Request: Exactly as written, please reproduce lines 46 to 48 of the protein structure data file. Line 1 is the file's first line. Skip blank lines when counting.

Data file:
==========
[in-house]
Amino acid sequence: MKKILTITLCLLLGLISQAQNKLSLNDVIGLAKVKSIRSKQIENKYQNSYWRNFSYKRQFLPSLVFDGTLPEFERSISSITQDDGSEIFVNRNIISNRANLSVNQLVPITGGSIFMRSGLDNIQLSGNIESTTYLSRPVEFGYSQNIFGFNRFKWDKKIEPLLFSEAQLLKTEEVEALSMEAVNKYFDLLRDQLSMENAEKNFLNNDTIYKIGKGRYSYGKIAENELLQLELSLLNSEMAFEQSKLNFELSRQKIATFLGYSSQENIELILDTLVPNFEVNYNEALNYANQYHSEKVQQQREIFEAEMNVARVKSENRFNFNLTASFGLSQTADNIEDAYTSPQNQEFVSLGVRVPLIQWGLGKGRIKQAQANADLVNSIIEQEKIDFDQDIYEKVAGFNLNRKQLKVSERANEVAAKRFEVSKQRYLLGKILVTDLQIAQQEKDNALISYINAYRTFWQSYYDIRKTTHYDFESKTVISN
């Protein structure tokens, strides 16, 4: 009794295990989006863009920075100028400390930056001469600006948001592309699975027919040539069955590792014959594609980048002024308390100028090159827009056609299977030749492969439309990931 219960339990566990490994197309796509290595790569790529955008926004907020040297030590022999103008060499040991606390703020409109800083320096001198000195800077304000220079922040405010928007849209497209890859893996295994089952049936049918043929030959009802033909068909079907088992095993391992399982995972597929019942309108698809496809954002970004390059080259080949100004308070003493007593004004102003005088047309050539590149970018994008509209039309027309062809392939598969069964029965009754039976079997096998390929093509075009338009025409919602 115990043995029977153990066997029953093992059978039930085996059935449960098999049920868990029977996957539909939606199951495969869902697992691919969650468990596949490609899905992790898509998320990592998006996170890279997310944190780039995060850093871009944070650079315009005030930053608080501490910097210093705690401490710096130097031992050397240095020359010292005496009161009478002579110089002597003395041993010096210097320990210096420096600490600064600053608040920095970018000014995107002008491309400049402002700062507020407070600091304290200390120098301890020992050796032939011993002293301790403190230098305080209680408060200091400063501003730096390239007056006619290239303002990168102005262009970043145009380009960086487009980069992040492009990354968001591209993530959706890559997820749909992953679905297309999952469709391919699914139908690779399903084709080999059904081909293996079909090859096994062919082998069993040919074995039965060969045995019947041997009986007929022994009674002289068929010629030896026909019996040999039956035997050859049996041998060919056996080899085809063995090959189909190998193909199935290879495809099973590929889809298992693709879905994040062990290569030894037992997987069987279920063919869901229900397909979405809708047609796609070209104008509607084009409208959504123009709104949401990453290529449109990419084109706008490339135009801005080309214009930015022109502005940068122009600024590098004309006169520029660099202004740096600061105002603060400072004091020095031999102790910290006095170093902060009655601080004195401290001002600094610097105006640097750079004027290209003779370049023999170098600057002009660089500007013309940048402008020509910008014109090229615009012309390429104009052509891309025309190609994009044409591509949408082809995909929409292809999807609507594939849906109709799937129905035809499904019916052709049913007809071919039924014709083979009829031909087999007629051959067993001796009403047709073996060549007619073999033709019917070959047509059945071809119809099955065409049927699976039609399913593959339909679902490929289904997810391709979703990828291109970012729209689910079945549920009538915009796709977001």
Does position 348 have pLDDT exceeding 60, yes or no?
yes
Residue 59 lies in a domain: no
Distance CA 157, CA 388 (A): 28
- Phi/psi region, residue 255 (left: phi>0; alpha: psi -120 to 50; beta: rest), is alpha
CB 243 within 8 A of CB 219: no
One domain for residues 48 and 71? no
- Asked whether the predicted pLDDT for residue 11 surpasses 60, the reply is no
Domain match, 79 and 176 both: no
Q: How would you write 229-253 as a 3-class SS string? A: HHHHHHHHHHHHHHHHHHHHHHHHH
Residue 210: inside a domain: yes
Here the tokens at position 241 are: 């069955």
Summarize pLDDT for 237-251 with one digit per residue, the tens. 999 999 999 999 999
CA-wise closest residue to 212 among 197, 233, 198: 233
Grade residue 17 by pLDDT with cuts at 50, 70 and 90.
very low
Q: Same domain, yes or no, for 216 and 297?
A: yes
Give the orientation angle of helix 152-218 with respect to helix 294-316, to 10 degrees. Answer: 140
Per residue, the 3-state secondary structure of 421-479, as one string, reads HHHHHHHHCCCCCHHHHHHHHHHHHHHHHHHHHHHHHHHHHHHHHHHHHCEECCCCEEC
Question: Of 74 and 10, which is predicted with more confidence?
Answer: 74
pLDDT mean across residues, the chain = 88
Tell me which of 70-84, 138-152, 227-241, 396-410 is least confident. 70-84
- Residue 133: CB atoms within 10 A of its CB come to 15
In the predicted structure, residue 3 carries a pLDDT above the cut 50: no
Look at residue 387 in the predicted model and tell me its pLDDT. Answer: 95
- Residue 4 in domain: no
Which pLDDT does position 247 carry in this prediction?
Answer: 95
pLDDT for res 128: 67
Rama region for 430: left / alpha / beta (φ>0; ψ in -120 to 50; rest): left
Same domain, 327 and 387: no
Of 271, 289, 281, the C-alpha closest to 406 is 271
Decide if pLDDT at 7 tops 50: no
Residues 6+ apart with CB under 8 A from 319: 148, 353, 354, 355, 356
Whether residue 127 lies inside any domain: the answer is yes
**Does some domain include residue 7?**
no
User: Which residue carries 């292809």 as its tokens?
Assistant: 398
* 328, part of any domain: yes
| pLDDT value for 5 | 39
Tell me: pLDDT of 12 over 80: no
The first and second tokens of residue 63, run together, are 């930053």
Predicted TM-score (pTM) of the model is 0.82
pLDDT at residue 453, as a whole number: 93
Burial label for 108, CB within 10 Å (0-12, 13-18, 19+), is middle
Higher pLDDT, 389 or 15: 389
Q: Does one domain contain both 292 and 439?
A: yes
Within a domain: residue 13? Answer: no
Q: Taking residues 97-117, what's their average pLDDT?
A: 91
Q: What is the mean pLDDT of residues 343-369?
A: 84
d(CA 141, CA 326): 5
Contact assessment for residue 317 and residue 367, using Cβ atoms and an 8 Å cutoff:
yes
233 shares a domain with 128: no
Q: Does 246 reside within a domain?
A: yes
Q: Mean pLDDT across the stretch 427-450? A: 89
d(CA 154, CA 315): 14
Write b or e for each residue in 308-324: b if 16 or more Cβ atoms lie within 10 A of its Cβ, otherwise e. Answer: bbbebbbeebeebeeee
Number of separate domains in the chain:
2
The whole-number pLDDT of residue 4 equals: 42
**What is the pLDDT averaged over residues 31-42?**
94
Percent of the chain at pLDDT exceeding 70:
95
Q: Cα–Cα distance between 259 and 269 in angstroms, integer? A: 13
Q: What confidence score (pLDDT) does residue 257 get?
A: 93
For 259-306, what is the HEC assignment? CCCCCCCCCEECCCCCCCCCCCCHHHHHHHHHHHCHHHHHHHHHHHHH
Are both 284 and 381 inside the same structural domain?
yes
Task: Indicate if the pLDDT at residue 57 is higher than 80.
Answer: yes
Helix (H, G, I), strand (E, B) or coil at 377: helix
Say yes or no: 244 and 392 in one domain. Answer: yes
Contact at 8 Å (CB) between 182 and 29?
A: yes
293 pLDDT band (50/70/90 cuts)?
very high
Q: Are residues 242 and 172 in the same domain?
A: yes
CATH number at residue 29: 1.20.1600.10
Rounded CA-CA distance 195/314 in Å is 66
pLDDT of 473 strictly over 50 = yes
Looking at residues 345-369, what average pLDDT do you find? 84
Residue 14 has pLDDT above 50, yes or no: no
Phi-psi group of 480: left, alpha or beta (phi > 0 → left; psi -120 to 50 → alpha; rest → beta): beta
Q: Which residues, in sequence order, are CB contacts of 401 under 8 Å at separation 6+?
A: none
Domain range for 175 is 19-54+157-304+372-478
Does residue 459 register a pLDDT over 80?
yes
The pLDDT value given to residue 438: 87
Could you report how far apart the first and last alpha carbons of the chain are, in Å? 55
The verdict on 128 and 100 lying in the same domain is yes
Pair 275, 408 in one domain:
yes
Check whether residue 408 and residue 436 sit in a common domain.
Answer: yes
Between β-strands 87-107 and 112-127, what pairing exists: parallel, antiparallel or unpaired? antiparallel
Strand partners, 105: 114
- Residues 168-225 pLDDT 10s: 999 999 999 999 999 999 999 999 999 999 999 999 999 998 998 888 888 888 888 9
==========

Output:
| pLDDT value for 5 | 39
Tell me: pLDDT of 12 over 80: no
The first and second tokens of residue 63, run together, are 């930053």